Publisher: Lake Union
Genre: Contemporary, Mystery
Ellie Brown thought she’d finally escaped her stifling hometown of Broadlands, Illinois; med school was supposed to be her ticket out. But when her father has a stroke, she must return home to share his care with her older sister, Amelia, who’s busy with her own family. Working as a paramedic, Ellie’s days are monotonous, driving an ambulance through streets she’d hoped never to see again.
Until a 911 dispatch changes everything. The address: her sister’s house. Rushing to the scene, Ellie discovers that Amelia and her husband, Steve, have been shot in a home invasion. After Amelia is rushed to the hospital, Ellie tries to make sense of the tragedy. But what really happened inside her sister’s house becomes less and less clear. As Amelia hangs on in critical condition, Ellie uncovers dark revelations about her family’s past that challenge her beliefs about those closest to her…and force her to question where her devotions truly lie.
Working Fire is told in dual timelines, the first is through Ellie’s eyes starting the day she gets a call that there’s been a shooting at her sister Amelia’s address and the second is from Amelia’s point of view six weeks prior. The alternating chapters each have a clear, distinct voice as the sisters were both well drawn and multidimensional, I had a strong sense of both of them as individuals as well as a firm grasp regarding the dynamic of their relationship with each other.
While there is definitely a mysterious element at play here, I don’t think it’s the driving force of the book. Yes, I was super curious about exactly what had happened the day Amelia was shot as well as what events sent things into motion, but at its core this is a novel about family relationships and the secrets that can rip them apart. There’s really not much that interests me more than the bond between sisters and some good old fashioned family secrets and Working Fire had plenty of both. While I wouldn’t describe this as twisty, it did keep me guessing and still surprised me a few times.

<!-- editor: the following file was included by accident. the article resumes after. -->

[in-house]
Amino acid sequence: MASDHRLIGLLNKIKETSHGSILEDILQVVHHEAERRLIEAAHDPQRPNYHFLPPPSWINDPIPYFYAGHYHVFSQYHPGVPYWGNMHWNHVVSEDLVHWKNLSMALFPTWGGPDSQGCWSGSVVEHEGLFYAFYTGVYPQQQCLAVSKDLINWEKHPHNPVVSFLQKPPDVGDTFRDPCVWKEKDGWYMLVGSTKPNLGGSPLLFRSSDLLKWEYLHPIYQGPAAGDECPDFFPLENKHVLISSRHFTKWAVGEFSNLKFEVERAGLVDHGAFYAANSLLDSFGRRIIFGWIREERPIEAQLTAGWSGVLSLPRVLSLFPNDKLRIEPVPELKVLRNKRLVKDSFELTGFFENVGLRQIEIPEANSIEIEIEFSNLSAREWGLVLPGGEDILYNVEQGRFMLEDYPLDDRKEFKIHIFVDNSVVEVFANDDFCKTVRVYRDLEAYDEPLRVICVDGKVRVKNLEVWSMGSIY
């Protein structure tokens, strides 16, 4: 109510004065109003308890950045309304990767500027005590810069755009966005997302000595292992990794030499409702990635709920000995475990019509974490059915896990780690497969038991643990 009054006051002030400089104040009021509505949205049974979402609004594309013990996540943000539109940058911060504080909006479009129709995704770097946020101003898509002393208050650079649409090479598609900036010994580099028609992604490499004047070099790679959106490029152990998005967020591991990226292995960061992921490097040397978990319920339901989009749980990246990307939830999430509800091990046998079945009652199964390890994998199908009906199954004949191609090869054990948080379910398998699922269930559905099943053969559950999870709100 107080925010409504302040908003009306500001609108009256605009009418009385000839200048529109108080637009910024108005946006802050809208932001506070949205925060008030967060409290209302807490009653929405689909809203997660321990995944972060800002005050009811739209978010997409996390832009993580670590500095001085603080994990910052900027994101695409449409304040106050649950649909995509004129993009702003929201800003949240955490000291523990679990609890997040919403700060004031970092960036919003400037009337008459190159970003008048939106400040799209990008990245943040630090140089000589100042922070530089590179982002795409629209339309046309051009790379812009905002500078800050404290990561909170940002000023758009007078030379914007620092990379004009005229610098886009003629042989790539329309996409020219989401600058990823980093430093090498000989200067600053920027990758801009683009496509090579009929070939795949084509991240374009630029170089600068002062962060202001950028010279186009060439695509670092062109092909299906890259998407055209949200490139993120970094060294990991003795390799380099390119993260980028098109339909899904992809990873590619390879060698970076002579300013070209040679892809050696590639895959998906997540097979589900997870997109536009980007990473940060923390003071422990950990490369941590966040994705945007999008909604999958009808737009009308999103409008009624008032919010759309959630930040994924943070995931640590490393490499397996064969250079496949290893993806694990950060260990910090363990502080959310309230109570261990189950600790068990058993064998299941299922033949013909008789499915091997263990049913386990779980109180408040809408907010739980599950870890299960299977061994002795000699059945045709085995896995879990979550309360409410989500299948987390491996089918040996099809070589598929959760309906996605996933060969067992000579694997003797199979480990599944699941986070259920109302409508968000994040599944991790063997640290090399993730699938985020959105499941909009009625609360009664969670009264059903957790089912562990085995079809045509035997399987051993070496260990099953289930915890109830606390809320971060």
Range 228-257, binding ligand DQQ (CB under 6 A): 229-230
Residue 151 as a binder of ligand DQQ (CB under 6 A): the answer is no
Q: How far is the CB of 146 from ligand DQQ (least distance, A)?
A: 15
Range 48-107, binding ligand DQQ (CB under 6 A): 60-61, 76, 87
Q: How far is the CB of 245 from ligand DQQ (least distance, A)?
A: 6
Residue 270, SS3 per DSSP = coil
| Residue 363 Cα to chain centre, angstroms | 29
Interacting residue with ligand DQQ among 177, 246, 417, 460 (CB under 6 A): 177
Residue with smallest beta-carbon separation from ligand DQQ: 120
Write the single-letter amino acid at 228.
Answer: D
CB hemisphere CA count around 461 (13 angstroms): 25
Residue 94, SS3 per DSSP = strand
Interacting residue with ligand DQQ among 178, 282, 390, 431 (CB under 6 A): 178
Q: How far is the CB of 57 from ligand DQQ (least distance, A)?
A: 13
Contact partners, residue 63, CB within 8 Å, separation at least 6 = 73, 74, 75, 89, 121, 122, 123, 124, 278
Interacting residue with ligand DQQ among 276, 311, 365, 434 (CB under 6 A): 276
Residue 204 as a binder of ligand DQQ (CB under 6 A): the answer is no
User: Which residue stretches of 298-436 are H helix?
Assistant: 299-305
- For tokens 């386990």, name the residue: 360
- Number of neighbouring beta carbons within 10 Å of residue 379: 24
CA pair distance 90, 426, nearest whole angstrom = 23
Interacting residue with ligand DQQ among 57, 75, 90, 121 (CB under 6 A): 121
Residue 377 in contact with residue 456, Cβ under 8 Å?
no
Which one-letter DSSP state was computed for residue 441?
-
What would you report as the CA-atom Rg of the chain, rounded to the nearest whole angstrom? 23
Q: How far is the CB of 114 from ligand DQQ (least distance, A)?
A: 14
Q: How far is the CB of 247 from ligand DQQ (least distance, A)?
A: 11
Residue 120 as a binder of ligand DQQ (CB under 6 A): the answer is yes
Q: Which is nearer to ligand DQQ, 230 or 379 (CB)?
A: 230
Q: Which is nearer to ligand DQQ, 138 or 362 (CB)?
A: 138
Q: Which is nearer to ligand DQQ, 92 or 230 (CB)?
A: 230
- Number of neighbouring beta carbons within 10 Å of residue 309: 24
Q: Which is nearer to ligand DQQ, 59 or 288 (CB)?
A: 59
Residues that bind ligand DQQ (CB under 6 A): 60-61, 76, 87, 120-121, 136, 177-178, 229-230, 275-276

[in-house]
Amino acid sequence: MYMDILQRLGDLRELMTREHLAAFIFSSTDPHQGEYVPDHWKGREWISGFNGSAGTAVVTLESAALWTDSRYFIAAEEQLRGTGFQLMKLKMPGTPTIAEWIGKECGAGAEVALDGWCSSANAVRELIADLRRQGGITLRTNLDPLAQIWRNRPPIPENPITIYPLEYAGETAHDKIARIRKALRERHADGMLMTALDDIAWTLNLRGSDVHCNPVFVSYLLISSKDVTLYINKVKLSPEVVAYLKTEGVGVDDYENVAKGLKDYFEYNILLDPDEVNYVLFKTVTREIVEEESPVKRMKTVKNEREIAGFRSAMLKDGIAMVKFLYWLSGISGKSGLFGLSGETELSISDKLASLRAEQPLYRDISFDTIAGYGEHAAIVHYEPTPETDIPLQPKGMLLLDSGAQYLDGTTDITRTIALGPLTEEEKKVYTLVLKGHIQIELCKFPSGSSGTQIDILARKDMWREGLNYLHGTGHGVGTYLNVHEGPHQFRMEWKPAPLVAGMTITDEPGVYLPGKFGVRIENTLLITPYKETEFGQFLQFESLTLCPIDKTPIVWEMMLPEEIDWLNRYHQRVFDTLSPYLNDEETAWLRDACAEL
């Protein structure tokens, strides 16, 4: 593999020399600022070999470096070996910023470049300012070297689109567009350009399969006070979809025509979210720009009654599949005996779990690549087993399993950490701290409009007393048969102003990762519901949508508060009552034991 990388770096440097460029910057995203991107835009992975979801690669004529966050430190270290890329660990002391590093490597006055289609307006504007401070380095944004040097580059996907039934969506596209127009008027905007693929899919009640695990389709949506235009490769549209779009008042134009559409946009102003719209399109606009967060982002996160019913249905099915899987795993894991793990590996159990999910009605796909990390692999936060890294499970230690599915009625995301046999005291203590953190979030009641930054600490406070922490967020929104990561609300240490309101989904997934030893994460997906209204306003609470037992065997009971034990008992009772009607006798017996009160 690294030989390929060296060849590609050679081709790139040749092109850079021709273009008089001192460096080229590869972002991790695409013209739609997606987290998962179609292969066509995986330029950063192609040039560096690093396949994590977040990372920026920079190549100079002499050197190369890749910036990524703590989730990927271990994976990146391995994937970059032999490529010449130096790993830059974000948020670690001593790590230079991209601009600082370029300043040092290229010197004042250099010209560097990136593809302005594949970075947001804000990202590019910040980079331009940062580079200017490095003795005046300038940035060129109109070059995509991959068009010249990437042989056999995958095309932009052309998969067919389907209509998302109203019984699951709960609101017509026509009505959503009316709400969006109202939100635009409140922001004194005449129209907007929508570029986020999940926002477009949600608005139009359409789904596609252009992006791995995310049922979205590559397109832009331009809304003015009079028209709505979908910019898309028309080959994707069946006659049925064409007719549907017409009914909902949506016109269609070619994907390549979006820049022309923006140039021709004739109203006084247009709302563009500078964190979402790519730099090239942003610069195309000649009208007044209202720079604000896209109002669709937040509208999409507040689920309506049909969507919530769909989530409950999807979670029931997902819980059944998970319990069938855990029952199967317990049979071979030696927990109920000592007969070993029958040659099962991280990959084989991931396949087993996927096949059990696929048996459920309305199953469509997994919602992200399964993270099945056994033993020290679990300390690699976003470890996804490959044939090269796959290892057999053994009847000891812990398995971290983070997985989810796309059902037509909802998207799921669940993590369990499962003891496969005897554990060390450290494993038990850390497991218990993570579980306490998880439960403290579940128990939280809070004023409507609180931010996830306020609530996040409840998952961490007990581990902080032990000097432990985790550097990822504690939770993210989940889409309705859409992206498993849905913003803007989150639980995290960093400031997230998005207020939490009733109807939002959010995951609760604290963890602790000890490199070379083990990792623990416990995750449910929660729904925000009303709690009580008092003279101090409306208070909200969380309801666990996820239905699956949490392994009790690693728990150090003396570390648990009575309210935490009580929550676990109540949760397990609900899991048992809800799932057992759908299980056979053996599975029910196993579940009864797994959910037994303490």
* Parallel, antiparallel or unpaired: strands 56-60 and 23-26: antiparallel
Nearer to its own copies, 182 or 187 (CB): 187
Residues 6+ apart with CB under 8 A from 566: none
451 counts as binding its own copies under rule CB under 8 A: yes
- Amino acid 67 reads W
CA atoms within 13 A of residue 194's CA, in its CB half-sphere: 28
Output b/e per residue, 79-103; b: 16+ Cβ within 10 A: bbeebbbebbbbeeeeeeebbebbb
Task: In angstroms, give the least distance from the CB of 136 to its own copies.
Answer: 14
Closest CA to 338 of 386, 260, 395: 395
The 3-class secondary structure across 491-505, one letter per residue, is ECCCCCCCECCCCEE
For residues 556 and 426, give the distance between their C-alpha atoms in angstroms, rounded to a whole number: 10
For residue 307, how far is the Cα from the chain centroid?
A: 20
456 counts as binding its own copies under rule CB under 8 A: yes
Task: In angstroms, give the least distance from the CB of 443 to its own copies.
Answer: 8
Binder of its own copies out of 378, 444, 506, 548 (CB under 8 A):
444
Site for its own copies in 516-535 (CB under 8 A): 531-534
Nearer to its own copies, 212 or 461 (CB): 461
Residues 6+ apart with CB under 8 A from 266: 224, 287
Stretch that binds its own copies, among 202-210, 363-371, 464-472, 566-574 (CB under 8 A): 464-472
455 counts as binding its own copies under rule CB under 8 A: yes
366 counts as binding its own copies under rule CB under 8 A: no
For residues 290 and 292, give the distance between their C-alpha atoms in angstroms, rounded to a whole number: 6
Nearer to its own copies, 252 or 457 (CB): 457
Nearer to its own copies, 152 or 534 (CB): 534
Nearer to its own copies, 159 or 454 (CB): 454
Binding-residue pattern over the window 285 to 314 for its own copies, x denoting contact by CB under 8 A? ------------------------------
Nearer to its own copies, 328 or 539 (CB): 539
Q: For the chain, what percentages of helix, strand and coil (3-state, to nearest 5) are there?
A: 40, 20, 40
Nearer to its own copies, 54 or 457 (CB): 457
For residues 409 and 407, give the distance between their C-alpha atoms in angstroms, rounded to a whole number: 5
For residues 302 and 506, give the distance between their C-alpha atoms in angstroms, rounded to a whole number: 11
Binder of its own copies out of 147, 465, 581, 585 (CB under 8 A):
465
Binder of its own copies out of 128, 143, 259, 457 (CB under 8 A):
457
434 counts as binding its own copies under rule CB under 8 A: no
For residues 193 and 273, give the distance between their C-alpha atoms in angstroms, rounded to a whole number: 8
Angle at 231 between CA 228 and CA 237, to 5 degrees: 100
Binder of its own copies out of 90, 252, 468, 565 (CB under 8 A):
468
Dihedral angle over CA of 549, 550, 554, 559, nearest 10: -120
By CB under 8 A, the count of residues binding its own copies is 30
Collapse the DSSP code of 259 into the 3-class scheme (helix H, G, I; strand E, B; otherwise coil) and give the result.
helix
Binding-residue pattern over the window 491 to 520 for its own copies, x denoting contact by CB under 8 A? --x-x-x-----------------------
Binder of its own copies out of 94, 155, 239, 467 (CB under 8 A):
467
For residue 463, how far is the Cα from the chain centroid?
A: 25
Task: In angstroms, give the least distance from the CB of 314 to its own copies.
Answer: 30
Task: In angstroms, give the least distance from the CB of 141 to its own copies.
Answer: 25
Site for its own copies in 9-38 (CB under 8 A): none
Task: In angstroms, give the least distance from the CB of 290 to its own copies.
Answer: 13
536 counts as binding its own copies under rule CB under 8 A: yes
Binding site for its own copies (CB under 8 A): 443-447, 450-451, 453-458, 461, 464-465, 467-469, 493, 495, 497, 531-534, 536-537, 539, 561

There was an emotional component to this, Bleeker has an evocative writing style that makes you care about the characters she creates even if you don’t always understand them. This would be perfect for people who don’t want violence or highly disturbing content in their mysteries, it’s on the lighter side yet still manages to pack a decent punch. The ending especially caught me off guard, it was unexpected and fitting.
Overall rating: 4/5
Thanks to the publisher for my review copy.